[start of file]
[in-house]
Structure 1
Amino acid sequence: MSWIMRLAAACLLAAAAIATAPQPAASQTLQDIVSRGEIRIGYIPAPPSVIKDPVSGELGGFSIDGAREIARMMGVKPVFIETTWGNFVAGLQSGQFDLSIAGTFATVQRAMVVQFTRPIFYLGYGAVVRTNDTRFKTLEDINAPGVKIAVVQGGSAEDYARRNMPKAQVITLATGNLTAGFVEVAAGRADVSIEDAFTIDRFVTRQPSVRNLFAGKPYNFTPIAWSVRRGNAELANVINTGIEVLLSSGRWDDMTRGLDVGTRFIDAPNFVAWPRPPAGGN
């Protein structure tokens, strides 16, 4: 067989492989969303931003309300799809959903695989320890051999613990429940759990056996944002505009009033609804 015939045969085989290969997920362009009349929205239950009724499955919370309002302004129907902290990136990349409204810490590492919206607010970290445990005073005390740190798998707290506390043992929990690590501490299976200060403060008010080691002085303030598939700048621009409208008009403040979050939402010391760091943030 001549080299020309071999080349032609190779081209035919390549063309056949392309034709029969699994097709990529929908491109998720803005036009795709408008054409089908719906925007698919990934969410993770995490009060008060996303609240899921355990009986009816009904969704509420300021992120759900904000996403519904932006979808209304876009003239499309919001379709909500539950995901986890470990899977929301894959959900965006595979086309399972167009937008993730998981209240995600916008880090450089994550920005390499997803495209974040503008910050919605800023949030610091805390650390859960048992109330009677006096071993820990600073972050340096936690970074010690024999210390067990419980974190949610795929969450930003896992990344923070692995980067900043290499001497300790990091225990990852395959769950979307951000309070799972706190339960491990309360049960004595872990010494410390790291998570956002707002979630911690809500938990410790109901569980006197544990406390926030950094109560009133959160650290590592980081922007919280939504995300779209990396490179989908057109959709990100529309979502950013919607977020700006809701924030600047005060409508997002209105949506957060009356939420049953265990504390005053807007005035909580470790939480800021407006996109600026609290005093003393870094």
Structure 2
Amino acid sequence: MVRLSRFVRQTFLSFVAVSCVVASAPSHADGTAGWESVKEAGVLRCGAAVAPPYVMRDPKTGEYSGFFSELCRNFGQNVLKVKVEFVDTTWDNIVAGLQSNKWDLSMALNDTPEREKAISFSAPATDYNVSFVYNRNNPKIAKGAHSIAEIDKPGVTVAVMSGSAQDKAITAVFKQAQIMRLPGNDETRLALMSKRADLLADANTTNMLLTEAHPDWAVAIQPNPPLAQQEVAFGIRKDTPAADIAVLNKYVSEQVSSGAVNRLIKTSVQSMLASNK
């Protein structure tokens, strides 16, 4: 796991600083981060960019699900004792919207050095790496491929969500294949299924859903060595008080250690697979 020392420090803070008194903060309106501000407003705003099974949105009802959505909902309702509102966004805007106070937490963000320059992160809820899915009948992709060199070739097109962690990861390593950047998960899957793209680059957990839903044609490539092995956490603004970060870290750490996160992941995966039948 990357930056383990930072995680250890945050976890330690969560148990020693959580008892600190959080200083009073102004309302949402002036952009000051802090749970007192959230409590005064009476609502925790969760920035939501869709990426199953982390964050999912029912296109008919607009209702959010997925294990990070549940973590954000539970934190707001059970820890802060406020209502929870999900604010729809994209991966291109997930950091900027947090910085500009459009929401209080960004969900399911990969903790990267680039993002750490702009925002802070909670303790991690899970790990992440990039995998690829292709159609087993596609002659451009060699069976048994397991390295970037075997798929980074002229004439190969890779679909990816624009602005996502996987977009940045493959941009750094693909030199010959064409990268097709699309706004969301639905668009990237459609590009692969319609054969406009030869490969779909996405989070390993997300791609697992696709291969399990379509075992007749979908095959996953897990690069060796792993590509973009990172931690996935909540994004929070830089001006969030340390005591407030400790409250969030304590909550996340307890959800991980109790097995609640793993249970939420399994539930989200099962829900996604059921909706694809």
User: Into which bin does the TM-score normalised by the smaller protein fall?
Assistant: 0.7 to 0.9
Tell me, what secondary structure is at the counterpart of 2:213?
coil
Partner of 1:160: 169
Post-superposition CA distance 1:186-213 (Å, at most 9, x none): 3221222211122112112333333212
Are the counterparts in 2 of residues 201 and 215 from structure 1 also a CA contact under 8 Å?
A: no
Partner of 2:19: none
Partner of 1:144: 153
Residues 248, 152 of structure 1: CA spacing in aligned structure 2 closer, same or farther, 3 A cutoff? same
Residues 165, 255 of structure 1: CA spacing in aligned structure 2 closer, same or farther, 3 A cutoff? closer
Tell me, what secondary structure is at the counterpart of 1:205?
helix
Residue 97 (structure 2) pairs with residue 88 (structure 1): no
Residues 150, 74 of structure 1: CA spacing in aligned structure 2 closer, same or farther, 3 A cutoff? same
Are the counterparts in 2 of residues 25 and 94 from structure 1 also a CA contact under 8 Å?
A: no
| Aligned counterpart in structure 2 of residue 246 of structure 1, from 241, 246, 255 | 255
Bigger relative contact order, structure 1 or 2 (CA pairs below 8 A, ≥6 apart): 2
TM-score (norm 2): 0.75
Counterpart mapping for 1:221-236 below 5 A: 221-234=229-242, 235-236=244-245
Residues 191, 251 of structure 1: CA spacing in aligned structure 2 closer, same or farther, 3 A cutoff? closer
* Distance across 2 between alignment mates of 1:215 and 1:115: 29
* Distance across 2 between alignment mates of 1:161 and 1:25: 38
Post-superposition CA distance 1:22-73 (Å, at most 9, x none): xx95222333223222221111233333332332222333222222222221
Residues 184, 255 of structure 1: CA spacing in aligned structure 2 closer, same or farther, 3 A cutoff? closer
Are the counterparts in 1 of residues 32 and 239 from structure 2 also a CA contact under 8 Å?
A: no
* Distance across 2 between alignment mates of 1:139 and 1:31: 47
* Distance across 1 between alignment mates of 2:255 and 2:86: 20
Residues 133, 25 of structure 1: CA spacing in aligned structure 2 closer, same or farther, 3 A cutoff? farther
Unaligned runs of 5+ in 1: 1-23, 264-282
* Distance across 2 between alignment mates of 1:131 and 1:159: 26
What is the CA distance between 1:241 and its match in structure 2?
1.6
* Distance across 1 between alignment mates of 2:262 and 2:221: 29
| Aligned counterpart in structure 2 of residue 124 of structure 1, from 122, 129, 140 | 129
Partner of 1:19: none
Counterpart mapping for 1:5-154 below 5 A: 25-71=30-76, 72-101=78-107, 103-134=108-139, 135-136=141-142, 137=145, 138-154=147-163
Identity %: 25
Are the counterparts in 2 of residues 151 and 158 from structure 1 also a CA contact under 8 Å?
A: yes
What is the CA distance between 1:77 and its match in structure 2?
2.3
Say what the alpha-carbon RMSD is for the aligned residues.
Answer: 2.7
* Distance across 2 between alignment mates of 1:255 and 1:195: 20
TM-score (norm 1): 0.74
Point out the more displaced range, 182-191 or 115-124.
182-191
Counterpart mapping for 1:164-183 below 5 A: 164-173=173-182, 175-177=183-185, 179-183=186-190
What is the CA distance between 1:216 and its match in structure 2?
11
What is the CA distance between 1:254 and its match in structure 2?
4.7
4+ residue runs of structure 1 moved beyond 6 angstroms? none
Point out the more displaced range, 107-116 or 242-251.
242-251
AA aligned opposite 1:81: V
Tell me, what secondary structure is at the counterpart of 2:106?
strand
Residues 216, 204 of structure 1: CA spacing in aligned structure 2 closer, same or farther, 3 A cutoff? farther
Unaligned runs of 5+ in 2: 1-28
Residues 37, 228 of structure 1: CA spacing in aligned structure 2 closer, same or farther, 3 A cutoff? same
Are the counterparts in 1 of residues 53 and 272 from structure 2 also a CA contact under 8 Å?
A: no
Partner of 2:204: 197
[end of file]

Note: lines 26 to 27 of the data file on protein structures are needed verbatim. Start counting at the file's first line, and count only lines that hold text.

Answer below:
| Aligned counterpart in structure 2 of residue 246 of structure 1, from 241, 246, 255 | 255
Bigger relative contact order, structure 1 or 2 (CA pairs below 8 A, ≥6 apart): 2